Experts say there is virtually no chance of Golden State ever becoming separate nation.
After Brexit, could there be a Calexit? For some liberal Californians incensed by Donald Trump’s election to the presidency over Democrat Hillary Clinton, secession from the United States is the only way forward.
Although observers say the Golden State has little to no chance to ever become a separate country, the idea is appealing for many who are disenchanted with the shock outcome of the vote and say they feel like strangers in a foreign land.
The election result marks a “real division” for California, said Kevin Klowden of the Milken Institute think tank. “The presidential candidate who lost won California dramatically.”
The state is known for its progressive politics on the environment, gun laws and gay rights. On Tuesday, it voted to legalize the recreational use of marijuana. On the other hand, Trump’s anti-immigrant platform, his pro-gun stance and his skepticism about climate change couldn’t be further away from the views of most Californians.
Shortly after Trump was declared the winner, protesters took to the streets in the state capital Sacramento, Los Angeles and other towns to express their dismay. The hashtag #Calexit also began trending on social media with many Twitter users pairing it with #notmypresident. “I cannot identify with bigotry, sexism, xenophobia,” one Twitter user wrote. “I’m no longer American, I am Californian.” Said another: “We’ll just take our avocados and legal weed and go.”
Silicon Valley venture capitalist Shervin Pishevar, who is Iranian-American, said he was willing to bankroll a secessionist campaign. “If Trump wins, I am announcing and funding a legitimate campaign for California to become its own nation,” he tweeted on Tuesday as the unexpected election outcome sunk in.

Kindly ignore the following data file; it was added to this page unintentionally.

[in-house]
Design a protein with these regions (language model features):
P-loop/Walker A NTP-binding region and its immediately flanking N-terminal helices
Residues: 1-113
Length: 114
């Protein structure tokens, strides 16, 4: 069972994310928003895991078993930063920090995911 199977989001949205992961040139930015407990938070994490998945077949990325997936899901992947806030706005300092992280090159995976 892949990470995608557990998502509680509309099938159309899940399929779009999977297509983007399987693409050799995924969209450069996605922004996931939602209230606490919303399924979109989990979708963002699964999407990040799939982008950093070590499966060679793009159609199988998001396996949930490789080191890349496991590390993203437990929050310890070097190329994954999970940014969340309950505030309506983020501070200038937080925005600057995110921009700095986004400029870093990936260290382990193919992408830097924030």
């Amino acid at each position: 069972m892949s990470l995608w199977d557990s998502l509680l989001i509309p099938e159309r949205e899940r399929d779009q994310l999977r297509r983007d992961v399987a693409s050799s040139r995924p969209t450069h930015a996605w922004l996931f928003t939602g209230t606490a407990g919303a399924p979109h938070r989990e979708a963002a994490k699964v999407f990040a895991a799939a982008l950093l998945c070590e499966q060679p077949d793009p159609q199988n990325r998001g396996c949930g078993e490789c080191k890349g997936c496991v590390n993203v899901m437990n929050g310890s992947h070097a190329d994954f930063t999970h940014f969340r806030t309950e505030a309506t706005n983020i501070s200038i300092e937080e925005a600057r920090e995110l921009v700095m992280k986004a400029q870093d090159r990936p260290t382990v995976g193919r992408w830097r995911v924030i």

He said the new nation would be called New California.
Mark Baldassare, head of the Public Policy Institute of California, said although the idea of seceding is unrealistic, it reflects the state’s long history of thinking outside the box. With a population of nearly 40 million, California is one of the most diverse states in America, with whites outnumbered by Hispanics and members of other ethnic groups. In 2015, it also had the sixth largest economy in the world, according to the International Monetary Fund—ahead of France and India.
“It offers a much broader set of job opportunities—Hollywood, entertainment, Silicon Valley and high tech—not just manufacturing and energy jobs,” said Ann Crigler, a political science professor at the University of Southern California. She said the state’s standing as an economic powerhouse and the fact that it has the most representation in the U.S. House of Representatives also give it huge clout on the federal level.
On the political front, however, the state—like the rest of the country—is not homogeneous, with people living along the coast mostly Democrats and those in rural areas tending to be more conservative. With Trump as president, Californians are worried about a possible backlash on abortion rights, gay marriage and that he could follow through with his vow to deport millions of undocumented immigrants.
Klowden said California’s economy could also suffer if Trump follows through with his pledge to tear up free trade deals. “Ultimately, the real concern is how conservative Donald Trump goes,” he said.
Crigler said given its distance from Washington, its liberal history and the country’s federal system, California should be able to continue to live on the fringe without formally leaving the union. “California has already gone through the immigration frustration and horrible rhetoric that the country is having now with Trump and his supporters,” she said.
On the environmental front, there is not much worry that Trump will try to halt California’s policies, which are among the most progressive in the country. California has a “long history of both parties valuing the environment, the ocean, the mountains, the desert,” said Baldassare. “California being the size of the a nation—population- and economy-wise—it’s already sort of its own nation.”